Law and Society Major & Minor

Law and Society is the study of the place of law in social, political, economic and cultural life. As an interdisciplinary liberal arts program, the proposed Law and Society major encompasses many diverse disciplines of study, among them anthropology, history, linguistics, philosophy, political science, and sociology. It introduces students to different facets of law and the role of law in society through the ages.

Laws are fundamental to any successful society. Throughout history, as communities and countries have struggled to create and nurture robust economies and higher standards of living for their citizens, social and legal institutions have been essential to their efforts. Law and Society is the study of how legal and social systems are interconnected, how people live and how law is woven into communities. Students gain an understanding of what happens when legal innovations and institutions succeed and when they fail.

This inter-disciplinary Major program is offered to candidates for the Degree of Bachelor of Arts. It is offered in conjunction with a major or a minor in a single discipline. In order to be awarded a B.A. with a Major in Law and Society, candidates must complete all the requirements of the B. A. (see Faculty of Arts – Degree Regulations in the MUN Calendar).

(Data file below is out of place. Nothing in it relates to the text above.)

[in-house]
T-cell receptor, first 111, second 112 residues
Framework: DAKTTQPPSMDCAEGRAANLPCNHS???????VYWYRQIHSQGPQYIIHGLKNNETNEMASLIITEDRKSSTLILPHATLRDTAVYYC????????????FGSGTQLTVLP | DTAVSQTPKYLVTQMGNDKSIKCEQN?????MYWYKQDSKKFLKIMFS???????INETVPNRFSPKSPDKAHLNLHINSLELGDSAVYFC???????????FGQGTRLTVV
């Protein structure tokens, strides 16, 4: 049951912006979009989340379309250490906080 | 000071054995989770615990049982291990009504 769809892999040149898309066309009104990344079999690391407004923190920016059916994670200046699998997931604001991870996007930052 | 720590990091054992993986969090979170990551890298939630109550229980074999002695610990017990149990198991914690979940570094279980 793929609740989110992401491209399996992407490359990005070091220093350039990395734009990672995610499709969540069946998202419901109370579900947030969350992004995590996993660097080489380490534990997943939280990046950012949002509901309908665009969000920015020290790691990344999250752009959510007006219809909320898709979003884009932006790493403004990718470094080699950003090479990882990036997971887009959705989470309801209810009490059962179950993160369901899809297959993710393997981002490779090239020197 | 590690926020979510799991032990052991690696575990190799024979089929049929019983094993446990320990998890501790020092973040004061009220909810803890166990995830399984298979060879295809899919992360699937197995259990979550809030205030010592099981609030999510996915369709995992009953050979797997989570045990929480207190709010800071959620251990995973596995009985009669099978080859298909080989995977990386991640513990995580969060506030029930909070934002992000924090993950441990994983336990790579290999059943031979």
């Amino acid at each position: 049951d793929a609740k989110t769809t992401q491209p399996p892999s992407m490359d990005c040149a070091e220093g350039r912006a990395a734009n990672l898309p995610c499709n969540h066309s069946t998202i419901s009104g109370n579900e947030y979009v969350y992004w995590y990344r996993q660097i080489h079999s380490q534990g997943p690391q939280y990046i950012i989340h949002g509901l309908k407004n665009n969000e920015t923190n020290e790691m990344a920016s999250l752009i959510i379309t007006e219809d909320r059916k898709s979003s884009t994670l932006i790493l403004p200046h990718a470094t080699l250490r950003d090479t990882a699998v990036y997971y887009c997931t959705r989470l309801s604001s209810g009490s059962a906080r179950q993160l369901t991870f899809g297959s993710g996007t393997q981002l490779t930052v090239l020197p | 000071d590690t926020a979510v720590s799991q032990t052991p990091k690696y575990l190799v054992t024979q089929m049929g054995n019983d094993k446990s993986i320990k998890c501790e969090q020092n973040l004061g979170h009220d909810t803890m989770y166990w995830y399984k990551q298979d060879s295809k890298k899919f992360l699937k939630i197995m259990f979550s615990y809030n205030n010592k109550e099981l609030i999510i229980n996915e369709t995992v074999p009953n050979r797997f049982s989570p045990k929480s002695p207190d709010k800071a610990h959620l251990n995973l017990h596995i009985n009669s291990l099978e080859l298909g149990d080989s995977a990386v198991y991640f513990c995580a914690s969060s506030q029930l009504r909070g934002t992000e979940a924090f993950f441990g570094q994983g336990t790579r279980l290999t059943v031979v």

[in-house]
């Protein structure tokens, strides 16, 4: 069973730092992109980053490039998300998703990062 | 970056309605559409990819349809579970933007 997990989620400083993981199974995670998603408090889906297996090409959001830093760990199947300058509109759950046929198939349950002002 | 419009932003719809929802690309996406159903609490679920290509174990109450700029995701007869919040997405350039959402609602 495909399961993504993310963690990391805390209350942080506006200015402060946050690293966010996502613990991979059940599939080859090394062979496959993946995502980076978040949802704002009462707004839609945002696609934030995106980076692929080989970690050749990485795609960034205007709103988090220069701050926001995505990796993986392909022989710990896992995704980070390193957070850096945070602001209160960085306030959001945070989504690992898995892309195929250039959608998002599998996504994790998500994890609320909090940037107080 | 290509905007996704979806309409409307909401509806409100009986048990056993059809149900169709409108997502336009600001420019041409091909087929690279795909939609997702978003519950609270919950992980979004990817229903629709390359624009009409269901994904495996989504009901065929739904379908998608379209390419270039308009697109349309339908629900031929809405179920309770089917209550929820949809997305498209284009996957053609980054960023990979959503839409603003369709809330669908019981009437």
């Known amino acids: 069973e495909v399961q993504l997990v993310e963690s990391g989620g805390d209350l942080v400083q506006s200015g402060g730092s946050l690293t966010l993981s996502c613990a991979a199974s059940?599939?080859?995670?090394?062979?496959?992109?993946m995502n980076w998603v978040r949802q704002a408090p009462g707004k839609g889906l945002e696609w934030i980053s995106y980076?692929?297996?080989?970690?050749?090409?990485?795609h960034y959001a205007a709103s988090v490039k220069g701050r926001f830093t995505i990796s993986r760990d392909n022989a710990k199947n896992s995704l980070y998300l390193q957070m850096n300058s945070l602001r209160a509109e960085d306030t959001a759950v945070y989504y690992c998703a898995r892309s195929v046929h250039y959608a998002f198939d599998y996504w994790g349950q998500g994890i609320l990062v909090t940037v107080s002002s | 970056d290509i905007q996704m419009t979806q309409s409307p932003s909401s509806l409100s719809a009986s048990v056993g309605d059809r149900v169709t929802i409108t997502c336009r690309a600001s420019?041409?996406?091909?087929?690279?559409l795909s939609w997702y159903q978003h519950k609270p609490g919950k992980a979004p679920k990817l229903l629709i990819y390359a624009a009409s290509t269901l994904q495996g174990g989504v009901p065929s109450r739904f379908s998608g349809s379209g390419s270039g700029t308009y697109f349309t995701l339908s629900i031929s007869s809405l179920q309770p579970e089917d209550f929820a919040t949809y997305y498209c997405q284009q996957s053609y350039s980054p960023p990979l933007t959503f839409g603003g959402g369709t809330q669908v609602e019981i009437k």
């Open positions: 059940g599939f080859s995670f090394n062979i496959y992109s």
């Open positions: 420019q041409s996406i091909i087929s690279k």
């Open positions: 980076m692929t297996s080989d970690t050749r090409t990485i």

Students wishing to declare a Major or Minor in Law and Society should consult the Program Manager, Renée Shute. Information on declaring a program of study in the Faculty of Arts is available on the Faculty of Arts iDeclare page.

As is the case with any inter-disciplinary program, it will be the students’ responsibility to ensure that they have the necessary prerequisites to complete the program.

New Course

Linguistics 3220 - Linguistics and the Law is an overview of the many relationships between linguistics and the judicial process. Topics to be covered include: the language of legal texts, trademark, copyright, treaties and contract law, and the Plain English movement; language use in legal settings (such as eyewitness testimony, jury instructions, and the language of lawyer-client interatcions); the legal disadvantages which language may impose on speakers of minority languages and non-standard dialects; the discipline of forensic linguistics (which deals with such issues as voice and authorship identification, and linguistic interpretation of advice). PR: LING 1100 or LING 2100 or LWSO 1000

CONTACT

Renee Shute
Office: AA 4080
Email: rshute@mun.ca
Phone: 864-7454

or

Dr. Pat Dold